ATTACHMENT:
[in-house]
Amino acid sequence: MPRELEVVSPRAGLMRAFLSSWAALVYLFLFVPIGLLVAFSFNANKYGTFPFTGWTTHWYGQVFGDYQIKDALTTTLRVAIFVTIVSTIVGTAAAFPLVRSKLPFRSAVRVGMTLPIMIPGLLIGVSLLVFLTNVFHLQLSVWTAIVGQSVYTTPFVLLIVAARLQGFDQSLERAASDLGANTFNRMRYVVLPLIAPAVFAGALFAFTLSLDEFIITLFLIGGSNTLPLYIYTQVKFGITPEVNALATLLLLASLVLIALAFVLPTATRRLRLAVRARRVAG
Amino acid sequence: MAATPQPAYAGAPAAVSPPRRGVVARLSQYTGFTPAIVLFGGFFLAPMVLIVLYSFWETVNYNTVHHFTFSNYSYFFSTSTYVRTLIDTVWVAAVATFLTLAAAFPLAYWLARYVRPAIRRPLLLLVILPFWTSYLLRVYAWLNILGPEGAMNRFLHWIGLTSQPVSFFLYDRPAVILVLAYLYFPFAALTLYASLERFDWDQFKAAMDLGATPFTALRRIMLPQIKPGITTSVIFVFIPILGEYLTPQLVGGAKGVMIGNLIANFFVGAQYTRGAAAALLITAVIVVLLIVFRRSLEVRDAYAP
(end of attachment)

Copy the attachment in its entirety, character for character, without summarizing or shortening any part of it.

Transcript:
[in-house]
Amino acid sequence: MPRELEVVSPRAGLMRAFLSSWAALVYLFLFVPIGLLVAFSFNANKYGTFPFTGWTTHWYGQVFGDYQIKDALTTTLRVAIFVTIVSTIVGTAAAFPLVRSKLPFRSAVRVGMTLPIMIPGLLIGVSLLVFLTNVFHLQLSVWTAIVGQSVYTTPFVLLIVAARLQGFDQSLERAASDLGANTFNRMRYVVLPLIAPAVFAGALFAFTLSLDEFIITLFLIGGSNTLPLYIYTQVKFGITPEVNALATLLLLASLVLIALAFVLPTATRRLRLAVRARRVAG
Amino acid sequence: MAATPQPAYAGAPAAVSPPRRGVVARLSQYTGFTPAIVLFGGFFLAPMVLIVLYSFWETVNYNTVHHFTFSNYSYFFSTSTYVRTLIDTVWVAAVATFLTLAAAFPLAYWLARYVRPAIRRPLLLLVILPFWTSYLLRVYAWLNILGPEGAMNRFLHWIGLTSQPVSFFLYDRPAVILVLAYLYFPFAALTLYASLERFDWDQFKAAMDLGATPFTALRRIMLPQIKPGITTSVIFVFIPILGEYLTPQLVGGAKGVMIGNLIANFFVGAQYTRGAAAALLITAVIVVLLIVFRRSLEVRDAYAP